The Florida Legislature has clearly staked out its role in legislating firearms regulations. It remains the sole authority to implement laws regarding firearms regulations, and Florida’s courts have consistently prevented local agencies and courts from infringing on this legislative authority. In 2016, the Fourth District Court of Appeals held that a local court’s administrative order providing additional restrictions on the return of seized firearms was invalid because it was more severe than that required by the existing statutes. In a January 2017 article, I warned law enforcement agencies and officials to scrutinize agency policies regarding the seizure and retention of firearms to ensure compliance with the law because of significant fines that could be imposed against individual officials who attempt to add additional restrictions regarding the use or possession of firearms. On April 9, 2021, the First District Court of Appeal affirmed the validity and enforceability of those hefty fines against government officials who act in their official capacity to restrict gun ownership or possession beyond that which is authorized by Florida Law.
The Florida Legislature has clearly signaled its intention to be the sole arbiter of firearms regulations in the state:
PREEMPTION – Except as expressly provided by the State Constitution or general law, the Legislature hereby declares that it is occupying the whole field of regulation of firearms and ammunition, including the purchase, sale, transfer, taxation, manufacture, ownership, possession, storage, and transportation thereof, to the exclusion of all existing and future county, city, town, or municipal ordinances or any administrative regulations or rules adopted by local or state government relating thereto. Any such existing ordinances, rules, or regulations are hereby declared null and void.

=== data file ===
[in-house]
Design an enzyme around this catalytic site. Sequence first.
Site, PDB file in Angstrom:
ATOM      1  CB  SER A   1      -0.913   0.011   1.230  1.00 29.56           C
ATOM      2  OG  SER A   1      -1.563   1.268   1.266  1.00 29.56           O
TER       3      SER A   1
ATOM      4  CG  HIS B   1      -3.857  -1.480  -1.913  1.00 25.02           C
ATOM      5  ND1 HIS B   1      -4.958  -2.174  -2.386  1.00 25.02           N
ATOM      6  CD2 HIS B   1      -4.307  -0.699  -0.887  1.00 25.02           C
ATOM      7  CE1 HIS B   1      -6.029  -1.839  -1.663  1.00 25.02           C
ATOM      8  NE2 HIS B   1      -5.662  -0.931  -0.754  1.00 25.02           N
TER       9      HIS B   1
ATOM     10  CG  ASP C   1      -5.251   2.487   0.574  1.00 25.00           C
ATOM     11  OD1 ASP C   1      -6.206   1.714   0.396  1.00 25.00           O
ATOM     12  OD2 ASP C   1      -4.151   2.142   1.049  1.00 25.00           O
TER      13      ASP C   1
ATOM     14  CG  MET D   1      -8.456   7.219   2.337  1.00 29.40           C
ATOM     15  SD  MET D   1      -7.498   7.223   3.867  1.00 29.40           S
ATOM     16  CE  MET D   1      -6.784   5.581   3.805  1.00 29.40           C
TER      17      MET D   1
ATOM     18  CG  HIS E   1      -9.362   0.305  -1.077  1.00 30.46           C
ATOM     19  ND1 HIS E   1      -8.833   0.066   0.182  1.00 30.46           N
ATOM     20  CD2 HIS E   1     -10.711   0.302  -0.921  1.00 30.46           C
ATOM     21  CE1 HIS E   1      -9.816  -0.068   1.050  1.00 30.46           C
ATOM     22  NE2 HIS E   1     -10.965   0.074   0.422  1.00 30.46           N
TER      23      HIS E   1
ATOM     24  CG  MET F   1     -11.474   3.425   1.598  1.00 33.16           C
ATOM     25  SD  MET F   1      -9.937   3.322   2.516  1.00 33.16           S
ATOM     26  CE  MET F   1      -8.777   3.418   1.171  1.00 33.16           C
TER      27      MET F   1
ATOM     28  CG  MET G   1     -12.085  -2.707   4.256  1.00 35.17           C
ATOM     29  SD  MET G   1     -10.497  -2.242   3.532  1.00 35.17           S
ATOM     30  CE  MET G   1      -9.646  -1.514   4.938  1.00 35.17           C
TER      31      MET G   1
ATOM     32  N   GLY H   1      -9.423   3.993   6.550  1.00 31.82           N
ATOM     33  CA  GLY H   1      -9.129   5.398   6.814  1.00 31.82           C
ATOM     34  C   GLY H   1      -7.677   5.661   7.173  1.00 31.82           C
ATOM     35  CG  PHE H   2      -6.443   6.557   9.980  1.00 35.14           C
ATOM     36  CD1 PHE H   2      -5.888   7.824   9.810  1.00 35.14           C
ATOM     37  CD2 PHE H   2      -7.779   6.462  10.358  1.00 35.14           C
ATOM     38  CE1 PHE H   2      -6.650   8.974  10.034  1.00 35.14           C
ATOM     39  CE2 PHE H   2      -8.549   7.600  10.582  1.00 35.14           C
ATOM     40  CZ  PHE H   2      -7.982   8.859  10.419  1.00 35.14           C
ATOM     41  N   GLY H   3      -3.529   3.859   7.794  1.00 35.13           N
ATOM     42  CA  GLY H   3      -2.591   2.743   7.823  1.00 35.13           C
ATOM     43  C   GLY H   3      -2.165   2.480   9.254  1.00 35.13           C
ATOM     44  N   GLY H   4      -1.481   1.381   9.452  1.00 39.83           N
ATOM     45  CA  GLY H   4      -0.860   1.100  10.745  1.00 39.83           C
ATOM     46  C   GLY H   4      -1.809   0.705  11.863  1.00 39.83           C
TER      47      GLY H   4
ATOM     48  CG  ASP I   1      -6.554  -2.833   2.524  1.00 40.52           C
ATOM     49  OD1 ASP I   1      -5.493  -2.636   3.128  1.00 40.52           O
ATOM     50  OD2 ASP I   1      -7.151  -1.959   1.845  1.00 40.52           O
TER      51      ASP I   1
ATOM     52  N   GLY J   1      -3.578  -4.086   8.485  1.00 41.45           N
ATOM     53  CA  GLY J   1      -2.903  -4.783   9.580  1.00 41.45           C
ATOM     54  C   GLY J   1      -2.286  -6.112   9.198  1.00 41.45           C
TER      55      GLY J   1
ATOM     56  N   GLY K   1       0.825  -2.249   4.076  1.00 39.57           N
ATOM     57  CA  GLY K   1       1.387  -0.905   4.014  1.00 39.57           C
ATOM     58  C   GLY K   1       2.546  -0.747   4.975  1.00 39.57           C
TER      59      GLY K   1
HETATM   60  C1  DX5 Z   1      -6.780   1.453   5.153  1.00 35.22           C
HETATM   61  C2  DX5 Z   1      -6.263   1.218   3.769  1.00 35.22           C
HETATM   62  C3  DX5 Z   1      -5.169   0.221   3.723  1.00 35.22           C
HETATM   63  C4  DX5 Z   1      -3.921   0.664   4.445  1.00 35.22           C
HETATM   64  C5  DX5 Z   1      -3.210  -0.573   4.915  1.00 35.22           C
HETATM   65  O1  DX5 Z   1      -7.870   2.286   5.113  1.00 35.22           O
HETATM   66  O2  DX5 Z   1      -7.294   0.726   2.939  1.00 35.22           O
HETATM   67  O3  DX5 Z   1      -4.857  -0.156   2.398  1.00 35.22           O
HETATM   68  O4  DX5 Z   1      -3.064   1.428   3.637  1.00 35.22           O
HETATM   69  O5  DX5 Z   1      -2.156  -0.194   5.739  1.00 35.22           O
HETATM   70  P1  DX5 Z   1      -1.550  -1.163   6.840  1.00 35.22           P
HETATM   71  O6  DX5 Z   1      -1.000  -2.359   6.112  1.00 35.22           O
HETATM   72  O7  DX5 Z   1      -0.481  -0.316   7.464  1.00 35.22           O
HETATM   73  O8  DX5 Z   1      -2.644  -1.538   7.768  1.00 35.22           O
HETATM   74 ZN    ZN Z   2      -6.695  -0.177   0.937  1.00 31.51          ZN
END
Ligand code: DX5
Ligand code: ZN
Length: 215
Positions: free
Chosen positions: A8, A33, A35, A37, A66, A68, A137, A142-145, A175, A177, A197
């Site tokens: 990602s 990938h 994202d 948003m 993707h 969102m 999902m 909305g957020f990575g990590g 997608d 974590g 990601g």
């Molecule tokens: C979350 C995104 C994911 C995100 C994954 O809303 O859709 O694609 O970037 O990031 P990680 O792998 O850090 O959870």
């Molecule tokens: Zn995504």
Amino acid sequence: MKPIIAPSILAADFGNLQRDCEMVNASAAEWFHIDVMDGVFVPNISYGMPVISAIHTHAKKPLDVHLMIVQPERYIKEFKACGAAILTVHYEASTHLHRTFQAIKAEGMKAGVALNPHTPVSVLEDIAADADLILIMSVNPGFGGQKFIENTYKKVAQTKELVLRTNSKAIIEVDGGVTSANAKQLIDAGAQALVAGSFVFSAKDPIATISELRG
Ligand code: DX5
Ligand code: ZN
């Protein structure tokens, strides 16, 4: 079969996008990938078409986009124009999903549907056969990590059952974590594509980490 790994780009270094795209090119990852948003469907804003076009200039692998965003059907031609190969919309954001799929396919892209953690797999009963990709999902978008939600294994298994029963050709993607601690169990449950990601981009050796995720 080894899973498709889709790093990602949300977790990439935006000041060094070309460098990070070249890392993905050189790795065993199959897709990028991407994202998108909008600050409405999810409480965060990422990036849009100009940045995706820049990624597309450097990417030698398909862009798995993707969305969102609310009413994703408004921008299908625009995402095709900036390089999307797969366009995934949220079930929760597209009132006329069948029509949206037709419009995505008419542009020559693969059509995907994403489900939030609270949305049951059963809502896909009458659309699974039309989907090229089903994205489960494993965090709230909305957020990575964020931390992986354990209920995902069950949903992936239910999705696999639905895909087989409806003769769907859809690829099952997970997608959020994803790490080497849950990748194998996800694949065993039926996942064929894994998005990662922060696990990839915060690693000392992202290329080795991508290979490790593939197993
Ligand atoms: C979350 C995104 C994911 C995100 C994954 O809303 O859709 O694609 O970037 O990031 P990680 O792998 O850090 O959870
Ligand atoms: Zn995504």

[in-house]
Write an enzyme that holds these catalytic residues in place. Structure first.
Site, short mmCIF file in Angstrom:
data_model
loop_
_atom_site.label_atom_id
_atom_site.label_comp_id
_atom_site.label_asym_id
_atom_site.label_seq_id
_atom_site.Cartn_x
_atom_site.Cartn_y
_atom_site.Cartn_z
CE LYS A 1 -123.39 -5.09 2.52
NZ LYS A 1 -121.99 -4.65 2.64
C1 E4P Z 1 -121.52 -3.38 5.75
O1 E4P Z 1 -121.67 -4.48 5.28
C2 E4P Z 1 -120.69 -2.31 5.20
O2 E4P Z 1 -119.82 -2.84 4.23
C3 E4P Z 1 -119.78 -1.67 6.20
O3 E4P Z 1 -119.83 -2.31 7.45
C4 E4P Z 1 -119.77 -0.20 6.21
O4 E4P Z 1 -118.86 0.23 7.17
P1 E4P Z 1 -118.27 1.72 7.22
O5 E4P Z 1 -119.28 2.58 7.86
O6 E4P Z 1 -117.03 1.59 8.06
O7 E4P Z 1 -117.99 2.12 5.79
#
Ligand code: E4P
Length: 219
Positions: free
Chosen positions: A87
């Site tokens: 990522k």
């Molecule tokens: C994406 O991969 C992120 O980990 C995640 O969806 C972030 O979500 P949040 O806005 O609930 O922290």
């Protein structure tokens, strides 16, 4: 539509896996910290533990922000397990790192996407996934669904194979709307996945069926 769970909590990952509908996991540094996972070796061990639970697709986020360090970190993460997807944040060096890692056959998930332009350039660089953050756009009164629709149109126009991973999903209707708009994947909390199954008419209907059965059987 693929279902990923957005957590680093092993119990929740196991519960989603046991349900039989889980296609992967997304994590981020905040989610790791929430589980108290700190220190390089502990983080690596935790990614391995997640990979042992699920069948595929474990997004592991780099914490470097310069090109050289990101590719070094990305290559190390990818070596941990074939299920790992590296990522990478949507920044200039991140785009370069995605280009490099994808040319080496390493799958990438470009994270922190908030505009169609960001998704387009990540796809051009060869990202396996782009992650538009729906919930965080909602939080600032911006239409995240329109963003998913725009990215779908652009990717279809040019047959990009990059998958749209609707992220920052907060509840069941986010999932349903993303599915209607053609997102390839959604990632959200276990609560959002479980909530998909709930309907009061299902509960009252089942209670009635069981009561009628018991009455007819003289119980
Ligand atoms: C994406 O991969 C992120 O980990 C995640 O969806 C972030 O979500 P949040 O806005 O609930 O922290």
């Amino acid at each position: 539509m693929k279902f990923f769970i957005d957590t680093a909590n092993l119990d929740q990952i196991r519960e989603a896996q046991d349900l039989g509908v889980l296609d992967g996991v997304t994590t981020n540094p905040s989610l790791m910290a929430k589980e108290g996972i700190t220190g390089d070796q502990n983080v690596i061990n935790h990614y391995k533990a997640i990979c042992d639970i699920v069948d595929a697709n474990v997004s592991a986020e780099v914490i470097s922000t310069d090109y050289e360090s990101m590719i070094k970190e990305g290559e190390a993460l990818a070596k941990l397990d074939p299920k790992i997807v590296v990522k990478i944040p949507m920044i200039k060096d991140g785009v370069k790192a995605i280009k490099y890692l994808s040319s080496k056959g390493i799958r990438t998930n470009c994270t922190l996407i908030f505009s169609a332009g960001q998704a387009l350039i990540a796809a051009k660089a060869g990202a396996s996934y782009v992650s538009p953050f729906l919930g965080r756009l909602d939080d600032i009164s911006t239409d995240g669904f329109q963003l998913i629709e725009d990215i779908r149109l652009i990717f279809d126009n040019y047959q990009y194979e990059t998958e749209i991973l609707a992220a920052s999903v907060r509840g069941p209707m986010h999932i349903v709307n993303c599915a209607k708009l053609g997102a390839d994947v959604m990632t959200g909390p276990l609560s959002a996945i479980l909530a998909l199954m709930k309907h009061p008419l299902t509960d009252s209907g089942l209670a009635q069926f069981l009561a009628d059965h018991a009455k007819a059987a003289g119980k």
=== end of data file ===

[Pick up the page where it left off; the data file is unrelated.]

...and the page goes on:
The Legislature’s express intent was to maintain uniform firearms laws throughout Florida; to nullify and void all ordinances and regulations not enacted at the state or federal level; to prohibit the enactment of future local ordinances or regulations relating to firearms, ammunition, or components; and to require local jurisdictions to enforce state law in the field of firearms. In furtherance of its goals, the Legislature has implemented severe penalties for infringing on its legislative authority:
Any person, county, agency, municipality, district, or other entity that violates the Legislature’s occupation of the whole field of regulation of firearms and ammunition. . . by enacting or causing to be enforced any local ordinance or administrative rule or regulation impinging upon such exclusive occupation of the field shall be liable as set forth herein. . .
Penalties include the entry of a permanent injunction against enforcement, a civil fine of up to $5,000 for a knowing and willful violation against the elected or appointed government official or administrative agency head, termination of employment or removal from office by the Governor. Those found to have knowingly and willfully violated the law are not permitted to use public funds to defend against the allegations. The aggrieved may file a lawsuit seeking declaratory and injunctive relief, actual damages not to exceed $100,000 and attorney’s fees.